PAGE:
Reaction ranging from caution to fear and heated opposition is pouring forth from city leaders in the San Gabriel Valley and throughout the rest of Los Angeles County in response to a countywide preliminary shopping list of 20 potential sites for a proposed county system of hazardous waste treatment plants.
The county’s proposal, patterned after similar treatment systems used in Germany and Denmark for several years but never attempted on a large scale in the United States, calls for half a dozen hazardous waste treatment plants to be constructed in heavy industrial sectors scattered across the county.
The potential sites, most of them available for sale, were identified Tuesday in a report to the Board of Supervisors by county engineers as in Azusa, Irwindale, Santa Fe Springs, Carson, Vernon, Commerce, Bell, Long Beach and the San Fernando Valley. The waste planners noted in their report that the search for potential treatment sites is not over.
Trucking Waste North
Last winter the last hazardous waste dump in the county, the BKK landfill in West Covina, closed down, forcing waste generators to hire trucking companies to haul the wastes to two dump sites about 200 miles north of Los Angeles.
However, strict new federal laws, to be phased in over the next five years, will prohibit dumping of untreated hazardous wastes and liquids, forcing the county to find an alternative.
The county’s plan is strongly backed by officials of the federal Environmental Protection Agency, but officials of two San Gabriel Valley cities said they fear that the county’s treatment plant proposal could bring new hazards into their communities.
“This worry is very much on our minds,” said Irwindale Mayor Pat Miranda. “We have gone on record supporting a trash-to-energy plant if it can be proved to meet all federal and state standards, but a hazardous waste treatment plant is another question.”
Miranda said two of the county’s potential sites, located “very close to each other” in the Irwindale and neighboring Azusa, are not far from the trash-to-energy plant proposed in Irwindale. The Azusa site is at Todd Avenue and the Foothill Freeway and the Irwindale site is at the end of Adelante Street east of Irwindale Avenue.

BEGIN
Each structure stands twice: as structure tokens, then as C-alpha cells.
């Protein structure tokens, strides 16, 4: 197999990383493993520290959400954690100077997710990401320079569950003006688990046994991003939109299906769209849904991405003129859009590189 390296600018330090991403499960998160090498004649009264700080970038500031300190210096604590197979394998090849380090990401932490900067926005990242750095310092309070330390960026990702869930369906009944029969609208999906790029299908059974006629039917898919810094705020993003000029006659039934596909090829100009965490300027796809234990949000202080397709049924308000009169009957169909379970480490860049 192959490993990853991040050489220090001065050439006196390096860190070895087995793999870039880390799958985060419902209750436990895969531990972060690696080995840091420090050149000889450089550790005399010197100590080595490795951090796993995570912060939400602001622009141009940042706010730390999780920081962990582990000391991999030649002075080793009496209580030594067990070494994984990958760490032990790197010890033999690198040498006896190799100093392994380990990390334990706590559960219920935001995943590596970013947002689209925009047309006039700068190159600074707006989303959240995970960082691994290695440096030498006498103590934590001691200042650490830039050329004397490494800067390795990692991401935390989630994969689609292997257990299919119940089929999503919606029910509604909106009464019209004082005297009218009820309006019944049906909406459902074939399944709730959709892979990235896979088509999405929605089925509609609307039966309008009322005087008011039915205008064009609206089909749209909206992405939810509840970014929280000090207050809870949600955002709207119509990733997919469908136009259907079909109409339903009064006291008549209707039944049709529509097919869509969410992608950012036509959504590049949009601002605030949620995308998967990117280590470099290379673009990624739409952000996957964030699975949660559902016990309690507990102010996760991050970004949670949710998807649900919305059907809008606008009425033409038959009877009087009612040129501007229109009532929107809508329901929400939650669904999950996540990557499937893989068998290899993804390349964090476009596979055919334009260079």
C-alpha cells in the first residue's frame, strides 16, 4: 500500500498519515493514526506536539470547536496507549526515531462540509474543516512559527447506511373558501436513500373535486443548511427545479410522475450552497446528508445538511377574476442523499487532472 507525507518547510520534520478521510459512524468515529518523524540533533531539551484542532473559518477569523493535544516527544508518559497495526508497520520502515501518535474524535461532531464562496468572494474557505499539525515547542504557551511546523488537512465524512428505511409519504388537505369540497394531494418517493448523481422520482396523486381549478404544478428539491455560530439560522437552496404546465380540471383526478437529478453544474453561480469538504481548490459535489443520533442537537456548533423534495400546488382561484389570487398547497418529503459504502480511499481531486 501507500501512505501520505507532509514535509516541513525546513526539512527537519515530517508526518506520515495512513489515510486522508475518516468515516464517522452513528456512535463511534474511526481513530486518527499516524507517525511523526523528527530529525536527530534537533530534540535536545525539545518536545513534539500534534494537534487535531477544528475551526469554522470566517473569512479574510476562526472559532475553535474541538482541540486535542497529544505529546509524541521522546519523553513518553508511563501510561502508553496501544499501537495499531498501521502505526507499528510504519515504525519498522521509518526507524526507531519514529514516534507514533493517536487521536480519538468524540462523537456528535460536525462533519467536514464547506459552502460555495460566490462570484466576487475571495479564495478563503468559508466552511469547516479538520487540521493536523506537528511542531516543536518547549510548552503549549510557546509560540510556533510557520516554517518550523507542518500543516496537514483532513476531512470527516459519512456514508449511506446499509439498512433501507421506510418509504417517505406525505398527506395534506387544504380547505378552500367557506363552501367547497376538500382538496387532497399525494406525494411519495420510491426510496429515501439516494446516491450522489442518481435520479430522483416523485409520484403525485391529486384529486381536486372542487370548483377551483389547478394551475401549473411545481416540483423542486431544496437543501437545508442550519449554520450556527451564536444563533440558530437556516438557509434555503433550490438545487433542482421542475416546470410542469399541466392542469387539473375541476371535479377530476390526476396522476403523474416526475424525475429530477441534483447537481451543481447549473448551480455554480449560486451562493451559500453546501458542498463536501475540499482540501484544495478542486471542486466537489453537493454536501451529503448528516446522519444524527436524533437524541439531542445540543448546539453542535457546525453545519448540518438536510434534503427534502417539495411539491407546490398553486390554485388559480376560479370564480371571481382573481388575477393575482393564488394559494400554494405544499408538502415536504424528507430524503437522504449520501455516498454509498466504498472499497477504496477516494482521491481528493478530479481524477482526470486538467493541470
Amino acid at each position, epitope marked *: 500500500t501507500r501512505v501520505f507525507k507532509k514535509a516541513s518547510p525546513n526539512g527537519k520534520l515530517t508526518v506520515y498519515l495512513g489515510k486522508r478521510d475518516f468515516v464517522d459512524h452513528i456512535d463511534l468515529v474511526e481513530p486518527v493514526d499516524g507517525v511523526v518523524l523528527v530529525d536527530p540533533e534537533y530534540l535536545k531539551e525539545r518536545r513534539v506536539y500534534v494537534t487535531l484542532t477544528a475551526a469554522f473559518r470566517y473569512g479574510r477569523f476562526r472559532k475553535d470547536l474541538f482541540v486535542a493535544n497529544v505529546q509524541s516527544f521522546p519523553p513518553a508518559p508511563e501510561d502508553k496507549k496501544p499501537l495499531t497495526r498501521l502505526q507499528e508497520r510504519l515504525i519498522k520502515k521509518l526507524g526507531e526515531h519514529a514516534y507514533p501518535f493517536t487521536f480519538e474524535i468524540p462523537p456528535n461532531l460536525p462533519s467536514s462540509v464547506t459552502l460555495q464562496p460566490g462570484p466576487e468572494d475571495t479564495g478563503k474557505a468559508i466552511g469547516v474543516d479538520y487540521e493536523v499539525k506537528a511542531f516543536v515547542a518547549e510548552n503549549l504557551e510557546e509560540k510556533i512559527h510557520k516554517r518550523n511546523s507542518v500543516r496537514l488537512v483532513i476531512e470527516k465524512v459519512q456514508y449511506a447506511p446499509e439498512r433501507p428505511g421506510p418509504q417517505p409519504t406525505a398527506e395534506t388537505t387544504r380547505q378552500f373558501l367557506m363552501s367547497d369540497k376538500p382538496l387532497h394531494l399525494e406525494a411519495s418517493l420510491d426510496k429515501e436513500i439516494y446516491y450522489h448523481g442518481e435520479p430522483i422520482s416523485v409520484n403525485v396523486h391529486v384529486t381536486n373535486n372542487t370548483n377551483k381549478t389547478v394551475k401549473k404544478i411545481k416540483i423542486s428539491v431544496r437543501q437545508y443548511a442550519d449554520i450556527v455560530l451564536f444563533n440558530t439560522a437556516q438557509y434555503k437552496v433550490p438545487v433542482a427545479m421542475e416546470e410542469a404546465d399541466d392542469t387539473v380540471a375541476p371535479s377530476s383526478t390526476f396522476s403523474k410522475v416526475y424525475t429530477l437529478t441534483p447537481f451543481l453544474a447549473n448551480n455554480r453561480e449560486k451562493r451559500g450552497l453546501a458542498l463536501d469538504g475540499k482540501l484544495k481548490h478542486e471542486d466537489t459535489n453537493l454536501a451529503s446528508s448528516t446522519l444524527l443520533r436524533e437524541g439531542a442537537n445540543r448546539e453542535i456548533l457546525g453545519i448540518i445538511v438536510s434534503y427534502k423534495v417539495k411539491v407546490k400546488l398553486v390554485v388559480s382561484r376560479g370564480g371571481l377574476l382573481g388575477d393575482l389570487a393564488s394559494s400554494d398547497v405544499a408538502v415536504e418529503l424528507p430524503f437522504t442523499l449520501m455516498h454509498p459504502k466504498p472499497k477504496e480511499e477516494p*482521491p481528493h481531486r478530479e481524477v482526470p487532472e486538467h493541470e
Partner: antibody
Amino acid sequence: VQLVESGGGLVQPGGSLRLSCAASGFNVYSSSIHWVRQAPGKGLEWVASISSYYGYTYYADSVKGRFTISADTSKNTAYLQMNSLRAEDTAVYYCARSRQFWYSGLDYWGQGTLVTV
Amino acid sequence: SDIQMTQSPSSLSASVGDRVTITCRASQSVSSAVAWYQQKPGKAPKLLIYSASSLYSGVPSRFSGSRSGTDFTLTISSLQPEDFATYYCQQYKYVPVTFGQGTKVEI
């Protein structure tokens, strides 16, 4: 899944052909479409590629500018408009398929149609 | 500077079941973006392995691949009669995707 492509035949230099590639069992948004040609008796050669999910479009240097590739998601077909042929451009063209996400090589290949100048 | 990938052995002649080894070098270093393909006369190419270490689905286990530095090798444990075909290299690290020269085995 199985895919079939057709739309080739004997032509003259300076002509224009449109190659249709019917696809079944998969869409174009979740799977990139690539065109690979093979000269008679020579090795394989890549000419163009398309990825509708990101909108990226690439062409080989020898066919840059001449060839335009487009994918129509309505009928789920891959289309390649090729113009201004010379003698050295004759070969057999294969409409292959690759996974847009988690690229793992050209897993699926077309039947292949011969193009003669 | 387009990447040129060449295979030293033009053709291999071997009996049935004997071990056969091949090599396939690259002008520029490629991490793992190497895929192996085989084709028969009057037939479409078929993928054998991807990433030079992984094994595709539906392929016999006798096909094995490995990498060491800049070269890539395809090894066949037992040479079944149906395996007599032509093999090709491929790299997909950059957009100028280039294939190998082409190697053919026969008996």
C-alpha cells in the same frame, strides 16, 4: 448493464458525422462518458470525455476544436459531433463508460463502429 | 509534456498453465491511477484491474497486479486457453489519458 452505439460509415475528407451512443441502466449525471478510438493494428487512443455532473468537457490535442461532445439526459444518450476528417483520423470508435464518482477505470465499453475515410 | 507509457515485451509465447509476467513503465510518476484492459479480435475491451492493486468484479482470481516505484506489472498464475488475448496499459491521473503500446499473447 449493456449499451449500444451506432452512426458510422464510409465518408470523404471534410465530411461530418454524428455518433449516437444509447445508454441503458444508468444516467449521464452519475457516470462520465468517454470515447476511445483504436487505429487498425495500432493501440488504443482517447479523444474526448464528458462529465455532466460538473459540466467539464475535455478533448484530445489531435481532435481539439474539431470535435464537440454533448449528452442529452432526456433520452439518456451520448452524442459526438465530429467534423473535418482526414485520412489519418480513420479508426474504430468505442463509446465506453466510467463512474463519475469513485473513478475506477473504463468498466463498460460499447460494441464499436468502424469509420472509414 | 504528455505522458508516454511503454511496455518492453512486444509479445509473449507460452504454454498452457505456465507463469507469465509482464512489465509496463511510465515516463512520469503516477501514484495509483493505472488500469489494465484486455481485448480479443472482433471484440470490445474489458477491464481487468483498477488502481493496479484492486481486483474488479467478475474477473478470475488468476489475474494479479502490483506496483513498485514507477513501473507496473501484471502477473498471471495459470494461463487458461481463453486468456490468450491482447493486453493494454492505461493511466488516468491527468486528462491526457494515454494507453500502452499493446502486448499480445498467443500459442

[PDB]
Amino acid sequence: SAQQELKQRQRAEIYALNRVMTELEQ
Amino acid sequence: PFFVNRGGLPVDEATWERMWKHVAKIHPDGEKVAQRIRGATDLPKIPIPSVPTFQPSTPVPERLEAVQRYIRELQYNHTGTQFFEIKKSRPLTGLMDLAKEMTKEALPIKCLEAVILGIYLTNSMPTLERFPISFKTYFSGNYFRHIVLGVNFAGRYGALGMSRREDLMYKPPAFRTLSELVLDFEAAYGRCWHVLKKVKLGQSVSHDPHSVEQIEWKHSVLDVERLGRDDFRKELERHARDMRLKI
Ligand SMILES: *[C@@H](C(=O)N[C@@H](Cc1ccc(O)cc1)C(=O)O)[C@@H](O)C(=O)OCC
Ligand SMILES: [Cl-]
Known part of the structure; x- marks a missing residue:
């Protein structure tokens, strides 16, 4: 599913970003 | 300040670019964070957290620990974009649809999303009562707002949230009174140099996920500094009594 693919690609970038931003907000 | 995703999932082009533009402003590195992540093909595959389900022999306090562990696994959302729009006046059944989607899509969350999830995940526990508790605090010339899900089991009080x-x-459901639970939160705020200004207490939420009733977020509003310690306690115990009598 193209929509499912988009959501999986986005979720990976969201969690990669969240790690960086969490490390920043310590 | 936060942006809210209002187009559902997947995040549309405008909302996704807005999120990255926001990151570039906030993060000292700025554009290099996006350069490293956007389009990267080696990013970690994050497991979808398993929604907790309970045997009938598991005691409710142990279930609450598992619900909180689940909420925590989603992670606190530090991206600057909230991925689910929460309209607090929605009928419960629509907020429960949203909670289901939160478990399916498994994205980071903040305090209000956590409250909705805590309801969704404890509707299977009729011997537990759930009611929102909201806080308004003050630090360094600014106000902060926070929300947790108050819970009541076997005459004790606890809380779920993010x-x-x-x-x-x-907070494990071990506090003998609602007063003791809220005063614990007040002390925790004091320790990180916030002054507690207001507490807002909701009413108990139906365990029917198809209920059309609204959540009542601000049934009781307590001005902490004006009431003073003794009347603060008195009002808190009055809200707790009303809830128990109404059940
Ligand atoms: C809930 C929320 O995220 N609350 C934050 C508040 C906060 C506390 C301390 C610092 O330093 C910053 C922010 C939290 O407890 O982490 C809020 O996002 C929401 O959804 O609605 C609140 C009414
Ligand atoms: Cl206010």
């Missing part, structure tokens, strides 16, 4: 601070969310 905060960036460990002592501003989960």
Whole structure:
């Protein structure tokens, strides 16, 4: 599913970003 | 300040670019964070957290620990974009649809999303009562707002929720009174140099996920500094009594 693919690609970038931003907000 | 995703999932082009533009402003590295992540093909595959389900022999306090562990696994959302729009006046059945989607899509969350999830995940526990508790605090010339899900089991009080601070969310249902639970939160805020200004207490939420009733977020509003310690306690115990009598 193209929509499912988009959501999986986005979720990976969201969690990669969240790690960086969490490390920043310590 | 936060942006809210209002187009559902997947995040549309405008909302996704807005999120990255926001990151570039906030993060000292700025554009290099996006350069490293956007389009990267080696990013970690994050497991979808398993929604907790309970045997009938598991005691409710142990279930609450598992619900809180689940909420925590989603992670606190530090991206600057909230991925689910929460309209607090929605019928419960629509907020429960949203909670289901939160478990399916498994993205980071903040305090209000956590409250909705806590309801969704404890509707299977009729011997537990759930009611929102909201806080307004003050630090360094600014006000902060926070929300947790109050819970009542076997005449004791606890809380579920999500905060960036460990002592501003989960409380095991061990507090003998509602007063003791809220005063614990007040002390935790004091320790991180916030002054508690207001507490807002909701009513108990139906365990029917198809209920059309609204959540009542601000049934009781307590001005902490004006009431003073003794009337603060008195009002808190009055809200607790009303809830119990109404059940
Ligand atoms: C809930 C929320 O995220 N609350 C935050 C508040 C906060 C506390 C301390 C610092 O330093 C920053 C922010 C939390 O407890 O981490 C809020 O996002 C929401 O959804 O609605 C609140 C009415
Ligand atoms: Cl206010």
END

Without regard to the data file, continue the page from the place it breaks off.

“We are all afraid of hazardous wastes because we don’t really understand what it is,” Miranda said. “I would be very cautious and concerned about what is involved with this proposal, because we’ve read enough about BKK (landfill in West Covina) and all these other problems with environmental damage.”
In fact, officials of the county Department of Public Works and the Sanitation Districts noted in their report to the Board of Supervisors Tuesday that “it will take a concerted effort to convince the public and elected decision makers that modern hazardous waste treatment centers . . . are in no way like Superfund sites of the past.”
550,000 Tons a Year
County officials are seeking a safe way to dispose of more than 550,000 tons of hazardous wastes that require disposal in Los Angeles County each year because the few remaining legal disposal sites have closed down or are coming under EPA scrutiny for contamination problems.
According to engineers for the county Sanitation Districts, the plants would use chemical processes and intense heat to turn liquid hazardous wastes into less hazardous dry cakes and ash. The plan then is to haul the dry residues to a remote desert site for encapsulation in a clay-lined “residuals repository,” which scientists say would not leak like a conventional moist landfill.